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Truth of my Misfortune, who has been at
Whitchurch lately, and who intended to see you
soon. I suppose he told you his Errand into
these Parts, a providential Thing for me, and
one of the happiest Revolutions in my Life,
if it succeed, as I hope it will. My Spirits
are quite grown rusty, with long and fruitless
Expectations of Happiness, and no Tools are
fine enough to polith, or, as the Artists say,
to touch them, but yourself or Mr. GRAVES.
I knew nothing of his coming till I saw him,
for which Reason I looked upon him as mi-
raculous Manna cr Food from Heaven,

1

I lament very much that you don't design to be in London. next Winter: I shall be there bot fabout fix Weeks, towards the Middle of it. The Winter we met there, I thought a pleasant one, and enough to encourage a second Meeting in the fame Place-The only Place for Whims, practicable there without Reproach, or falling from that Dignity which ’tis necessary for a Gentleman to maintain in the Country. I should like mightily to indulge my Fancy in lume innocent, private, romantic

Expedir

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Expeditions ; I know not what_But all Things as I said, are possible there.

Mr. Graves tells me you are a great Oeconomist. If so, I hope London will be the richer for it, and you the finer, as Luxury is the Daughter of Industry, and Industry again the Mother of Luxury, each reigning by Turns, and fo the World goes on. If you should go to London this Winter, you'll call at Whitchurch by the Way, and we'll go together, which will prevent any Disappointment. You will always be received here, with Acknowledgment of the Favour you do us; fo say we all, and present our Compliments in one Garland to you, which I beg you will accept, though it is but coarsely put together, and you will oblige

Your sincere Friend,

and most obedient Servant,

A. WhistLER.

Wbitchurch, Sept. 8.

L E T. L E T T E R VIII.

Mr. WHISTLER to W. SHENSTONE, Efq,

Dear Sir,

I

Received your kind Letter, and, in Spite of

the Obligation is entirely on my Side, and you have only, in my Opinion, laid a greater Stress upon it by fo generously disclaiming it. I am resolved to be pleased with every Thing you day or do, and if I were not, you are resolved I fhall. I am very glad you intend me a Visit; but am likewise very sorry, I must beg you to defer it for some Time ; our Family talk of going to Bristol very soon, and as I have no where else to go, must go with them, If it was in my Power to defer the Journey, I would gladly do it, to wait on Mr. Shen, STONE, at Whitchurch; or if I could command the House in their Absence, their Abfence and his Prefence would be to me a double Happiness. But as it is, I must, at present,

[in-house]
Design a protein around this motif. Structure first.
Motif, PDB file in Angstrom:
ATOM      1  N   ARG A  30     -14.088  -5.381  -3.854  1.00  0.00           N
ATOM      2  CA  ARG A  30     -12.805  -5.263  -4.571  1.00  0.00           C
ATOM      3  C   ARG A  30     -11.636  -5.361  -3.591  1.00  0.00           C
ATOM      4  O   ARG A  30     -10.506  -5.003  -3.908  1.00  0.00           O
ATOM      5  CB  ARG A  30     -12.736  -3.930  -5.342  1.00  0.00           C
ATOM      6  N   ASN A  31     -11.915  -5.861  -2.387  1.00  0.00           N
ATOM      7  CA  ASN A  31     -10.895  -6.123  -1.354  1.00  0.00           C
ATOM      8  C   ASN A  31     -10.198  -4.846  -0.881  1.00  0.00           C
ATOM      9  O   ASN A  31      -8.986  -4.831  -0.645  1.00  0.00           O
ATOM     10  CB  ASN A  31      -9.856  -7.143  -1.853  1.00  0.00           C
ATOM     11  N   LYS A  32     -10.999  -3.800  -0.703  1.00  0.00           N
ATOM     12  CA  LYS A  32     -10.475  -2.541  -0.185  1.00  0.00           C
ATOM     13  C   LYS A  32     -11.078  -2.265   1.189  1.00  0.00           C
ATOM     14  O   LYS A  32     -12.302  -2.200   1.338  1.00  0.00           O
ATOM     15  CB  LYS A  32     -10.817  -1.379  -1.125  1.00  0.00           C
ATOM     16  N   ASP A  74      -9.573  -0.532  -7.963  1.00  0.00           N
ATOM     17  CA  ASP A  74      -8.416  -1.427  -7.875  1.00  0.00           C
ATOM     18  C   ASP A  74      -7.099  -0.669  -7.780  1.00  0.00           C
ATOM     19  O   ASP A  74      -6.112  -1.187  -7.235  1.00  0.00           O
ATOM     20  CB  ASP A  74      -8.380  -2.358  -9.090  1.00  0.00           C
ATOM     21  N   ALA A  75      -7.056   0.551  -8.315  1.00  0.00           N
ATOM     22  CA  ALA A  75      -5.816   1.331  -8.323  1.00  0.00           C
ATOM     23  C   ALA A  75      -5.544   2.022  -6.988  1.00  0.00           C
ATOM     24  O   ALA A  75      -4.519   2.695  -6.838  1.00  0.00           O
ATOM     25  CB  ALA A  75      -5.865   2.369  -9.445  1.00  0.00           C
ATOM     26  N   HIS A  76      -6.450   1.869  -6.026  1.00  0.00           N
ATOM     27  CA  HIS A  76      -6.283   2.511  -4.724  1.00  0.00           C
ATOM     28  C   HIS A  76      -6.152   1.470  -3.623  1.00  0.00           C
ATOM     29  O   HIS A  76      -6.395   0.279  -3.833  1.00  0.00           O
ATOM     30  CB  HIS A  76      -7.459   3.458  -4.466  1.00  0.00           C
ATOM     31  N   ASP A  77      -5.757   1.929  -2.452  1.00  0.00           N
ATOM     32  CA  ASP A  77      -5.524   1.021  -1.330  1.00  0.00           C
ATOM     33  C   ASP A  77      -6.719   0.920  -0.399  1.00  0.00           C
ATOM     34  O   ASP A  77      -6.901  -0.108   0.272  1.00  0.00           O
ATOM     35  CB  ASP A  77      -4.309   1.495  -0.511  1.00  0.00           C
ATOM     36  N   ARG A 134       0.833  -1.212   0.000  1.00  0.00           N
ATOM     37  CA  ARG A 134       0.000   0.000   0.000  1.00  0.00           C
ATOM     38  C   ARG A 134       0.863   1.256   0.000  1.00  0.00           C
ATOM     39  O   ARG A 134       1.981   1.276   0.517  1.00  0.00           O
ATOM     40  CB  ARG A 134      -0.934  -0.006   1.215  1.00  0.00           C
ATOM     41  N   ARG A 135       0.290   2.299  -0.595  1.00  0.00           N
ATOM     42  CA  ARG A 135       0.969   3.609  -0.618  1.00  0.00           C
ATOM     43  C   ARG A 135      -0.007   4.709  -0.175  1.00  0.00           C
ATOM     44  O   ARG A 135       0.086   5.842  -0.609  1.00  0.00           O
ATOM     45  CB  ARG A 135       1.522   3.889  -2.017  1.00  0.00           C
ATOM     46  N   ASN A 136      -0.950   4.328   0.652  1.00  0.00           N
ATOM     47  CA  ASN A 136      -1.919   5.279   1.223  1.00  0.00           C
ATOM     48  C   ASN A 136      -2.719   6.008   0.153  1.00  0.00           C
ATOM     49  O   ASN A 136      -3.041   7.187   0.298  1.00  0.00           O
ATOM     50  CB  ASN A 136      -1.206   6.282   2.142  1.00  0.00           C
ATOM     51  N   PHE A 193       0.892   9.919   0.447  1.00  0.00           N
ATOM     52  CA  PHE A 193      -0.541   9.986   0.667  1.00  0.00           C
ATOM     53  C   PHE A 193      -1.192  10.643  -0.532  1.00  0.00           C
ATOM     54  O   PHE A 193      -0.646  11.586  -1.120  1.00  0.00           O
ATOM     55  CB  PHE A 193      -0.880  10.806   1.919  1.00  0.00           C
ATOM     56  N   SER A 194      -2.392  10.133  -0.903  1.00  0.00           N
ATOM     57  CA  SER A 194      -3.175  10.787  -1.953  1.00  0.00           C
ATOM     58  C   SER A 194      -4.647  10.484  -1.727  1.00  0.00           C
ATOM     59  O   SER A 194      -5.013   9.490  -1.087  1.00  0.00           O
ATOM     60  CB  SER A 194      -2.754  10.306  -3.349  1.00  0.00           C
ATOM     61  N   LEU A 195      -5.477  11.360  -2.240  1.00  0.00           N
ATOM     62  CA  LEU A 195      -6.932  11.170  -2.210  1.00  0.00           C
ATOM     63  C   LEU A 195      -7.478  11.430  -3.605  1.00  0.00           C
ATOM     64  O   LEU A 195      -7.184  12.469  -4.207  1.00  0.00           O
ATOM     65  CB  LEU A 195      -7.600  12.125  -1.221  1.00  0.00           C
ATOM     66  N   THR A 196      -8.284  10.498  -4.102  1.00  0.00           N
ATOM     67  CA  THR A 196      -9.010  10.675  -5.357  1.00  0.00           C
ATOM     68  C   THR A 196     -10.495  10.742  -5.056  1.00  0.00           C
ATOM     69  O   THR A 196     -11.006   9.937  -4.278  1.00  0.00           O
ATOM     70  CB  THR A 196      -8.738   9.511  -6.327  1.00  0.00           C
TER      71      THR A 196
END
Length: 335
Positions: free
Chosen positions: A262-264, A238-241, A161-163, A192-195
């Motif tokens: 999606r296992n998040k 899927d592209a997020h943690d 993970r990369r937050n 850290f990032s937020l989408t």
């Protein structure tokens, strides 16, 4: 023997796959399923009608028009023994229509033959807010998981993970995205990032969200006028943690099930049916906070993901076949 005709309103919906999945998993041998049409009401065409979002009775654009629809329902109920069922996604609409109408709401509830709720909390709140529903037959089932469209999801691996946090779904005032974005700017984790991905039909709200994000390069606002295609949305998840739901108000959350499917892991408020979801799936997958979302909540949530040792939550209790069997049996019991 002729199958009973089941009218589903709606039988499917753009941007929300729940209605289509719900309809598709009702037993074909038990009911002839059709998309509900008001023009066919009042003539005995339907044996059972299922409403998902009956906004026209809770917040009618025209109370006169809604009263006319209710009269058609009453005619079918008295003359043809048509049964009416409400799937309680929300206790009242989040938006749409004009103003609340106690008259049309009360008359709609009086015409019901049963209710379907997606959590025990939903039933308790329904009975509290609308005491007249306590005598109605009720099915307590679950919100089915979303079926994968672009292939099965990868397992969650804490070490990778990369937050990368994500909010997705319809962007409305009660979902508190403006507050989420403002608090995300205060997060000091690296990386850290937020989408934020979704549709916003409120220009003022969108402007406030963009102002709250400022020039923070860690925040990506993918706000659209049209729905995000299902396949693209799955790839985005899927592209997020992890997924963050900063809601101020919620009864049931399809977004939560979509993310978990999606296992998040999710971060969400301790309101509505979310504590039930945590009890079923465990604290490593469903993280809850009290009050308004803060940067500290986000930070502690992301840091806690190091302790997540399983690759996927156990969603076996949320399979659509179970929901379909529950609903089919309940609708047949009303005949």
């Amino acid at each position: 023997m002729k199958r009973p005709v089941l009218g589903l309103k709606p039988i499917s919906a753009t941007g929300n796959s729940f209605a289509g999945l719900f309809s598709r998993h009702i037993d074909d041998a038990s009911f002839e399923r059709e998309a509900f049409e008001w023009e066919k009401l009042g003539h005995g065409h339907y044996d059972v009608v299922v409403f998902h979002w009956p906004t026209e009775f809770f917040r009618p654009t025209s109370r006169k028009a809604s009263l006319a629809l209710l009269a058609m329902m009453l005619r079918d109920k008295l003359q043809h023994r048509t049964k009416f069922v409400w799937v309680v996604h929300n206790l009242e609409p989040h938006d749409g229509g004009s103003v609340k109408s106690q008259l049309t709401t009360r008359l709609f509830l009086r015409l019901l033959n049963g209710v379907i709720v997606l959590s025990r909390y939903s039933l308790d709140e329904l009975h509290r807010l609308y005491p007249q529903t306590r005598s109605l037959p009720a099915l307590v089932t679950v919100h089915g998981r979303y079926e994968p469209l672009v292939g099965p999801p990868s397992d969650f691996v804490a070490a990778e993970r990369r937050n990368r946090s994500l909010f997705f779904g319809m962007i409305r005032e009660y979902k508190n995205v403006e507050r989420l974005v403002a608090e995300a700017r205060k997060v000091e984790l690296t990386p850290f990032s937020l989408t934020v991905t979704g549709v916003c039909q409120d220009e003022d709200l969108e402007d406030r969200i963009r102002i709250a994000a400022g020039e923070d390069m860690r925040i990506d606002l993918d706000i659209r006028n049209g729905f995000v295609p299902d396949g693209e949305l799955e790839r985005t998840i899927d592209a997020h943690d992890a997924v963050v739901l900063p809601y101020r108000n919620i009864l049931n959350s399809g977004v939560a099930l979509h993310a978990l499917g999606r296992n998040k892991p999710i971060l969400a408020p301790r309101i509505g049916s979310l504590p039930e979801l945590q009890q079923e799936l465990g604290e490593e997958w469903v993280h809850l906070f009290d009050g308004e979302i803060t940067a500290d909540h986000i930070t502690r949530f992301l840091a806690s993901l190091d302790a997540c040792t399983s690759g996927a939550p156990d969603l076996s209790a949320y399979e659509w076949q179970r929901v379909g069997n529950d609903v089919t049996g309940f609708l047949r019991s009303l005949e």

be

be without a Pleasure, which I hope will not always thus fly from me; I hope the latEnd of this Summer, and Mr. SHENSTONE, will be both more favourable to me, and if fo, I shall reckon that the Spring of the Year is yet to come; I, who place the Seasons entirely in my own Fancy.

I forgot to tell you in my last, that the Princefs AMELIA did us the Honour of a Visit at Whitcburch, though we were obliged to the Stag for it, who seemed to fly from the Honour fhe designed him, and had not Ambition enough (as Lee says) to meet the Blow half Way, or be pleafed with Death, though in the Royal Presence. It was a terrible Day, and the Princess was wet through ; fhe had rode thirty Miles when I saw her, and she rode thirty Miles after that, which was six o'Clock at Night, in her wet Cloaths, and appeared at the Drawing-Room at St. James's, the next Day, which was a Birth-Day.

The Princess (with Submission be it spoke) gave me no Satisfaction, not through any De. ficiency in her Demeanourbut from the dis

satisfied

LETTERS

. satisfied State of Mind. I could be contented with nothing less than you; and I hope you will be so good, as not to let this Disappointment, which I assure you is a great Disappointment to me, be any Objection to my having the Pleasure of your company another Time. With my Service, which waits on you, I am yours, as much as, I hope, you would have

me, viz.

Your sincere Friend and humble Servant,

A. WHISTLER.

Escuse me, if I desire to be remembered to good Mrs. ARNOLD, whom I look upon to be an Example of the simple Force of moral Beauty.

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